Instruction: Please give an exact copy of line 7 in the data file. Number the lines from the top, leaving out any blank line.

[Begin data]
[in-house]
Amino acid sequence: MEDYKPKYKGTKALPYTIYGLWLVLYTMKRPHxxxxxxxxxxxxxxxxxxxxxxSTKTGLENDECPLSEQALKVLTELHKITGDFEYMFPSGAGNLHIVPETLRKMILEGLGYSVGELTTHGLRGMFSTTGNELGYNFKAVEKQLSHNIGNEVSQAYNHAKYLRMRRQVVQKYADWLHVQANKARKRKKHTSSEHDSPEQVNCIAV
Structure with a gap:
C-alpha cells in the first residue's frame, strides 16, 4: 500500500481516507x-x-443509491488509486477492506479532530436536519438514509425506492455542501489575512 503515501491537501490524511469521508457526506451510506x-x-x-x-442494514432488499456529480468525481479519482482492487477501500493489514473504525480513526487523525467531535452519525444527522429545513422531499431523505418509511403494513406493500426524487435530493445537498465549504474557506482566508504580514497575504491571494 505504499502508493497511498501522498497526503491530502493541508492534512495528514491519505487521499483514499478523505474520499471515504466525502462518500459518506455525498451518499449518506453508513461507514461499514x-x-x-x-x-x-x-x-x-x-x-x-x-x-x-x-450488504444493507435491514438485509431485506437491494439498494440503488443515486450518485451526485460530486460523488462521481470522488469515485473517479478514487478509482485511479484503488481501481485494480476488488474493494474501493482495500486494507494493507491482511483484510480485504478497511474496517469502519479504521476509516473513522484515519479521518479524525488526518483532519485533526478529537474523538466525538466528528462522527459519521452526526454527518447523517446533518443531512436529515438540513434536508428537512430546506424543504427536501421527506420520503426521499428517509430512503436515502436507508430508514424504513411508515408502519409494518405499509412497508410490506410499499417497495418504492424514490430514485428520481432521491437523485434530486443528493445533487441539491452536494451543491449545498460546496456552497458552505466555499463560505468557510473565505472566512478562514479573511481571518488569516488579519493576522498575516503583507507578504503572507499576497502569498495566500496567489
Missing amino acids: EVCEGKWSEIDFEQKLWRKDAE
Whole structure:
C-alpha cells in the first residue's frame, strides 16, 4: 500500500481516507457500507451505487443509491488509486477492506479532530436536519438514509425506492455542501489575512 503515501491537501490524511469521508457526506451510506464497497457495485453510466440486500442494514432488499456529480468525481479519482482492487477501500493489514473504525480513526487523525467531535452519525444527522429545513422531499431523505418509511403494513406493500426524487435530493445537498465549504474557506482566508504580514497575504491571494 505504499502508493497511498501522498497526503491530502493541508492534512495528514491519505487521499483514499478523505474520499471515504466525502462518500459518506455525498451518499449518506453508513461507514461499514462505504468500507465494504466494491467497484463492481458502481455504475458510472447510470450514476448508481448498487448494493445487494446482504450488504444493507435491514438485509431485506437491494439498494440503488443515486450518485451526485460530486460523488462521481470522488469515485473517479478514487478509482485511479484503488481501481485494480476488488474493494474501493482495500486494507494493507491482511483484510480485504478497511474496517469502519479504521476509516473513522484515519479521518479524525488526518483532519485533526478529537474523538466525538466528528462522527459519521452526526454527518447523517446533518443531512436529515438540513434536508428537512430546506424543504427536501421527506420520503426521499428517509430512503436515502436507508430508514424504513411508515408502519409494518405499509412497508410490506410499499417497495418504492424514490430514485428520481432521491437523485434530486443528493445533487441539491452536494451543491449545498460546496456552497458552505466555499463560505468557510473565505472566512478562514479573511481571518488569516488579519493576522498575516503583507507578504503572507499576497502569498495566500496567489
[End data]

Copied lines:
C-alpha cells in the first residue's frame, strides 16, 4: 500500500481516507457500507451505487443509491488509486477492506479532530436536519438514509425506492455542501489575512 503515501491537501490524511469521508457526506451510506464497497457495485453510466440486500442494514432488499456529480468525481479519482482492487477501500493489514473504525480513526487523525467531535452519525444527522429545513422531499431523505418509511403494513406493500426524487435530493445537498465549504474557506482566508504580514497575504491571494 505504499502508493497511498501522498497526503491530502493541508492534512495528514491519505487521499483514499478523505474520499471515504466525502462518500459518506455525498451518499449518506453508513461507514461499514462505504468500507465494504466494491467497484463492481458502481455504475458510472447510470450514476448508481448498487448494493445487494446482504450488504444493507435491514438485509431485506437491494439498494440503488443515486450518485451526485460530486460523488462521481470522488469515485473517479478514487478509482485511479484503488481501481485494480476488488474493494474501493482495500486494507494493507491482511483484510480485504478497511474496517469502519479504521476509516473513522484515519479521518479524525488526518483532519485533526478529537474523538466525538466528528462522527459519521452526526454527518447523517446533518443531512436529515438540513434536508428537512430546506424543504427536501421527506420520503426521499428517509430512503436515502436507508430508514424504513411508515408502519409494518405499509412497508410490506410499499417497495418504492424514490430514485428520481432521491437523485434530486443528493445533487441539491452536494451543491449545498460546496456552497458552505466555499463560505468557510473565505472566512478562514479573511481571518488569516488579519493576522498575516503583507507578504503572507499576497502569498495566500496567489